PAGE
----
Results 1 
2 of
2
Adequacy for algebraic effects
 In 4th FoSSaCS
, 2001
"... We present a logic for algebraic effects, based on the algebraic representation of computational effects by operations and equations. We begin with the acalculus, a minimal calculus which separates values, effects, and computations and thereby canonises the order of evaluation. This is extended to ..."
Abstract

Cited by 30 (16 self)
 Add to MetaCart
We present a logic for algebraic effects, based on the algebraic representation of computational effects by operations and equations. We begin with the acalculus, a minimal calculus which separates values, effects, and computations and thereby canonises the order of evaluation. This is extended to obtain the logic, which is a classical firstorder multisorted logic with higherorder value and computation types, as in Levy’s callbypushvalue, a principle of induction over computations, a free algebra principle, and predicate fixed points. This logic embraces Moggi’s computational λcalculus, and also, via definable modalities, HennessyMilner logic, and evaluation logic, though Hoare logic presents difficulties. 1
Security Analysis of a Probabilistic Nonrepudiation Protocol
 Proc. of PAPMPROBMIV ’02, LNCS 2399
, 2002
"... Abstract. Noninterference is a definition of security introduced for the analysis of confidential information flow in computer systems. In this paper, a probabilistic notion of noninterference is used to reveal information leakage which derives from the probabilistic behavior of systems. In partic ..."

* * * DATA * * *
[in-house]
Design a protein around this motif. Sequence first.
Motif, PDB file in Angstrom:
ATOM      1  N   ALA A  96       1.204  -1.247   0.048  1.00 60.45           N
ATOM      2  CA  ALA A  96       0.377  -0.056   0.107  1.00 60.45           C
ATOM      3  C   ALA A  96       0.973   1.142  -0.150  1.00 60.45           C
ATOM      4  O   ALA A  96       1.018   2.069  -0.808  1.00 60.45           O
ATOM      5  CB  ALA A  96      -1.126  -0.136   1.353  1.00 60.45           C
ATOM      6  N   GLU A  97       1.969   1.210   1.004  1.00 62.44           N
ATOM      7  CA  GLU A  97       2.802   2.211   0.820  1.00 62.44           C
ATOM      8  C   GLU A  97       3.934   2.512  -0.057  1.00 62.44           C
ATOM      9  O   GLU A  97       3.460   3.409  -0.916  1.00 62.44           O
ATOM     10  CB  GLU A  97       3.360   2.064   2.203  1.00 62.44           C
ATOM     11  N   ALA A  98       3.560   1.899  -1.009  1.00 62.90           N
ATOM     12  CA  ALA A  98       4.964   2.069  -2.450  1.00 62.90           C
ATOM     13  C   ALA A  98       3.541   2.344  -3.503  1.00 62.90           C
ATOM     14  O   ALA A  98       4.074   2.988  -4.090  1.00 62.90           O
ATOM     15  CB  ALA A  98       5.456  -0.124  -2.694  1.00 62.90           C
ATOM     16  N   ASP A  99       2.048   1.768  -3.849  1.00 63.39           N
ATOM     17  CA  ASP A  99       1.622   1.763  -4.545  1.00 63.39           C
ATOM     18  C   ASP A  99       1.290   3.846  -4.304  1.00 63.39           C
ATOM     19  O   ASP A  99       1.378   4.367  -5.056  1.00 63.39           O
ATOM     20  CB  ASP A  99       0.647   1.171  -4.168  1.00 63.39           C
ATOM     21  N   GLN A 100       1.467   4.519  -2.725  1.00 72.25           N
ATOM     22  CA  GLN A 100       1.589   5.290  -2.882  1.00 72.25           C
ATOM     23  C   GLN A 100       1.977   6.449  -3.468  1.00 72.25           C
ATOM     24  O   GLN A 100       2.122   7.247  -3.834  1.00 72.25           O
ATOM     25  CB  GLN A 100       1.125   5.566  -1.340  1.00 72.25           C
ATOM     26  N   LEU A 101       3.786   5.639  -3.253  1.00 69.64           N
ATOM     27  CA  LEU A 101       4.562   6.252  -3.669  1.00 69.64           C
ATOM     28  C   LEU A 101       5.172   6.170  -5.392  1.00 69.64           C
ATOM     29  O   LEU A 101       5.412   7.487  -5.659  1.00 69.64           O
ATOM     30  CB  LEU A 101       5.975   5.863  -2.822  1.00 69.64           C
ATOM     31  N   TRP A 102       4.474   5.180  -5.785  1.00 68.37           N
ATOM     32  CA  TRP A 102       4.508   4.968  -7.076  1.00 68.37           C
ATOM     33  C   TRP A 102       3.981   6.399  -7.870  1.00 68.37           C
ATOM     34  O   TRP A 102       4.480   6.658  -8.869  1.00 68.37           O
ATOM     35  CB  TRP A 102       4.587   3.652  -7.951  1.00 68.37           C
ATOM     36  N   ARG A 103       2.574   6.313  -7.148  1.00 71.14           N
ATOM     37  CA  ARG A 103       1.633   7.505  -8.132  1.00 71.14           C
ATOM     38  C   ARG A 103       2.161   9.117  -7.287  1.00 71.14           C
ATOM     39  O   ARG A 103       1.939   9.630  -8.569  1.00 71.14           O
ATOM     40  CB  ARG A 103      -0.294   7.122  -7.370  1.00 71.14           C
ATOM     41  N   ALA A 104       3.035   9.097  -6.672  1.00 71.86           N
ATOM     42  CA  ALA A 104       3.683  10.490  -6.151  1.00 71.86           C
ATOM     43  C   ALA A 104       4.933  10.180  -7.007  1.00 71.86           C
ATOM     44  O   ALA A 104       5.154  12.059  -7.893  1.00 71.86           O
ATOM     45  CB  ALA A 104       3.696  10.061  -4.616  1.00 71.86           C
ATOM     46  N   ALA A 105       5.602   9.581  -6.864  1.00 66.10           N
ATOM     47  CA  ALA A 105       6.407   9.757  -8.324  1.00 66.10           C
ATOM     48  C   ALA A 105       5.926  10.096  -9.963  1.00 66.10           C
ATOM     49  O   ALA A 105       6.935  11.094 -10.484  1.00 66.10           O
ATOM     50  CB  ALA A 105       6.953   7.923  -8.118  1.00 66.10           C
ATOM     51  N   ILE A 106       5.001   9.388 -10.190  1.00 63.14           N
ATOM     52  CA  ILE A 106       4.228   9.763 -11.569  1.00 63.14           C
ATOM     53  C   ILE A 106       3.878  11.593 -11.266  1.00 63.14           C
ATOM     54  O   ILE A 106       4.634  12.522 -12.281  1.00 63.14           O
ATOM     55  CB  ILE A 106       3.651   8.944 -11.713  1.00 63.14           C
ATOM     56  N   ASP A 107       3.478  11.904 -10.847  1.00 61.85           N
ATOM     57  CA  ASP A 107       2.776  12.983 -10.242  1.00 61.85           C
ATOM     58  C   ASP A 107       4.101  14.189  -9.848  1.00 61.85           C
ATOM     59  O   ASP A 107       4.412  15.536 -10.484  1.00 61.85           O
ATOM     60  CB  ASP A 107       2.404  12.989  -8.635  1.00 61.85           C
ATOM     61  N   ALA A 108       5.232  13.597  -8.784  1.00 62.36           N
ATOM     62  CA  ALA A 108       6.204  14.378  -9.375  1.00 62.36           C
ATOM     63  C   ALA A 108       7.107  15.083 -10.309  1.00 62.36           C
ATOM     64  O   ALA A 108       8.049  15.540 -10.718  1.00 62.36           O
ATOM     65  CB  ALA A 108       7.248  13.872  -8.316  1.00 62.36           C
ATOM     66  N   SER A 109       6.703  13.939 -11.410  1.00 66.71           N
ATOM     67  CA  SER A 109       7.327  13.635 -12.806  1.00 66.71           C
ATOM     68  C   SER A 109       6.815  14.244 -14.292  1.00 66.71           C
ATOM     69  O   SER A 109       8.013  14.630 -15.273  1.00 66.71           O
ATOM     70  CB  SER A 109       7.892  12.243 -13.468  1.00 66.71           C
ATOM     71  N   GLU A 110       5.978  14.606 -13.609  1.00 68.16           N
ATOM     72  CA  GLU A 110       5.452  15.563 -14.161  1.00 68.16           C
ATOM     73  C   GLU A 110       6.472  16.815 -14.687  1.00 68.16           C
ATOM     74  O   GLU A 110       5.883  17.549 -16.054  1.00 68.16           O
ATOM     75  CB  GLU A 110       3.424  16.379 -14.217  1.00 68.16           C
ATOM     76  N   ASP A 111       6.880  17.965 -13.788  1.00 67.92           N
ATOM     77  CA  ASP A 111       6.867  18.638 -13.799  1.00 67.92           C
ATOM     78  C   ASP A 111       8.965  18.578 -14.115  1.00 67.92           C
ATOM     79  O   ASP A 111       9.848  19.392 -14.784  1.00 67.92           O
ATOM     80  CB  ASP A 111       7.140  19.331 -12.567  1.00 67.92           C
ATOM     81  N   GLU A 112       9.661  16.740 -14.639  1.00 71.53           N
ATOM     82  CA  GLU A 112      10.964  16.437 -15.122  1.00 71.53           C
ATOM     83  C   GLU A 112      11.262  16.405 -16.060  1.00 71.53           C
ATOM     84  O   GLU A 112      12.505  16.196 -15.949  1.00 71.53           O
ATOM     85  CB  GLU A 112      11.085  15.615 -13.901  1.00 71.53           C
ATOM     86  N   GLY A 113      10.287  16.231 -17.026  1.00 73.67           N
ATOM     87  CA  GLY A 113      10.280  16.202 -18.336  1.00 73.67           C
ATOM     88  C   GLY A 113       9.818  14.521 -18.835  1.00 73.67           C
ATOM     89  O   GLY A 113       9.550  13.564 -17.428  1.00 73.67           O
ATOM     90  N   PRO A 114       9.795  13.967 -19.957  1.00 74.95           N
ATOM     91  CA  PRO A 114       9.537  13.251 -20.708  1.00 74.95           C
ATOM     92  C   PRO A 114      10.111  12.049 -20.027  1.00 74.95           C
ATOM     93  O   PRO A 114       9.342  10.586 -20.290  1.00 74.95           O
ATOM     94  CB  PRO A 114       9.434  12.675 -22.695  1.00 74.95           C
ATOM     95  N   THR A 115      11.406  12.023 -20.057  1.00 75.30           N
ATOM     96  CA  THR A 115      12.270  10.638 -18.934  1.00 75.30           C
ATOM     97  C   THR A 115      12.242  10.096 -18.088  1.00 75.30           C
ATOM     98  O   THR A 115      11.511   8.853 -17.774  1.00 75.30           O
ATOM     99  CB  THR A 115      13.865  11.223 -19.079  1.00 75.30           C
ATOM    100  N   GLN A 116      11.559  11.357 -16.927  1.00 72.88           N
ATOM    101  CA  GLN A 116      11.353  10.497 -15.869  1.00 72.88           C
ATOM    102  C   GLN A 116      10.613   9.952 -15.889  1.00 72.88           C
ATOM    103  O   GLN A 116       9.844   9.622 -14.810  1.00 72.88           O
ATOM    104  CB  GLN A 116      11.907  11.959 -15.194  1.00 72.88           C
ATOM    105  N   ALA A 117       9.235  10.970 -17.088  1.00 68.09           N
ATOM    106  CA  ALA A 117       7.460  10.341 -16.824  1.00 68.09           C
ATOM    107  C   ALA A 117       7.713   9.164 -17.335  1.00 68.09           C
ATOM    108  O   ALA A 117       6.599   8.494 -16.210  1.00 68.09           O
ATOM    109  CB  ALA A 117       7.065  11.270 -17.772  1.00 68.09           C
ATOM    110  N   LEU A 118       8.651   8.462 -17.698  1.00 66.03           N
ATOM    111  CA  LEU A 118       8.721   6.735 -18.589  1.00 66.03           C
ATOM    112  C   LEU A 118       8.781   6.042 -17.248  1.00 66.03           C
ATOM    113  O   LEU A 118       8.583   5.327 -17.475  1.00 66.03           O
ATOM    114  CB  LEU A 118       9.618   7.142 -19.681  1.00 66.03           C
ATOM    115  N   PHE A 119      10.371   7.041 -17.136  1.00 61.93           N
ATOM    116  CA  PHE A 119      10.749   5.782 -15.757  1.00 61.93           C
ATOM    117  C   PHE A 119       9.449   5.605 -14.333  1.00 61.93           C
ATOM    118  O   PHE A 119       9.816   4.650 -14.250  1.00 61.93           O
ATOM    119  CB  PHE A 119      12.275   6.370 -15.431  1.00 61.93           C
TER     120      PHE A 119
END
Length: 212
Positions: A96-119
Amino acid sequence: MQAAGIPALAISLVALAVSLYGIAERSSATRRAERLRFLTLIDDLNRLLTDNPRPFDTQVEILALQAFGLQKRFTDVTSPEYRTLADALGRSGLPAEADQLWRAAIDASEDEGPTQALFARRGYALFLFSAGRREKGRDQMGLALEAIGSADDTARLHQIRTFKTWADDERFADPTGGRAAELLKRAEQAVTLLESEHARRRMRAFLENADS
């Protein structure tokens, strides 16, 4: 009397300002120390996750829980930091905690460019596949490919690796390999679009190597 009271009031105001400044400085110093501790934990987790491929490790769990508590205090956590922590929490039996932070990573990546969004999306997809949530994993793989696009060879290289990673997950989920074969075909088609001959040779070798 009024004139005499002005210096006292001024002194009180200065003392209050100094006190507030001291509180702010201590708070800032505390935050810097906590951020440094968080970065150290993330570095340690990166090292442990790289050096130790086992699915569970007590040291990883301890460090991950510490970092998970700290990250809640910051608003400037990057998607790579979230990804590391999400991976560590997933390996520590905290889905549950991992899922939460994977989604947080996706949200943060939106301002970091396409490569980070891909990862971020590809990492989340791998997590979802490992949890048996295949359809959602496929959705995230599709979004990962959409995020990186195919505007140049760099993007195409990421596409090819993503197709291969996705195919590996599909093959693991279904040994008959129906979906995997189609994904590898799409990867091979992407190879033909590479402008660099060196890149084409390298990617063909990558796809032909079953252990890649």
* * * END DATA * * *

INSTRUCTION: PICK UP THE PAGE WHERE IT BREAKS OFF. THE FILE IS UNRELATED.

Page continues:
Abstract

Cited by 13 (3 self)
 Add to MetaCart
Abstract. Noninterference is a definition of security introduced for the analysis of confidential information flow in computer systems. In this paper, a probabilistic notion of noninterference is used to reveal information leakage which derives from the probabilistic behavior of systems. In particular, as a case study, we model and analyze a nonrepudiation protocol which employs a probabilistic algorithm to achieve a fairness property. The analysis, conducted by resorting to a definition of probabilistic noninterference in the context of process algebras, confirms that a solely nondeterministic approach to the information flow theory is not enough to study the security guarantees of cryptographic protocols. 1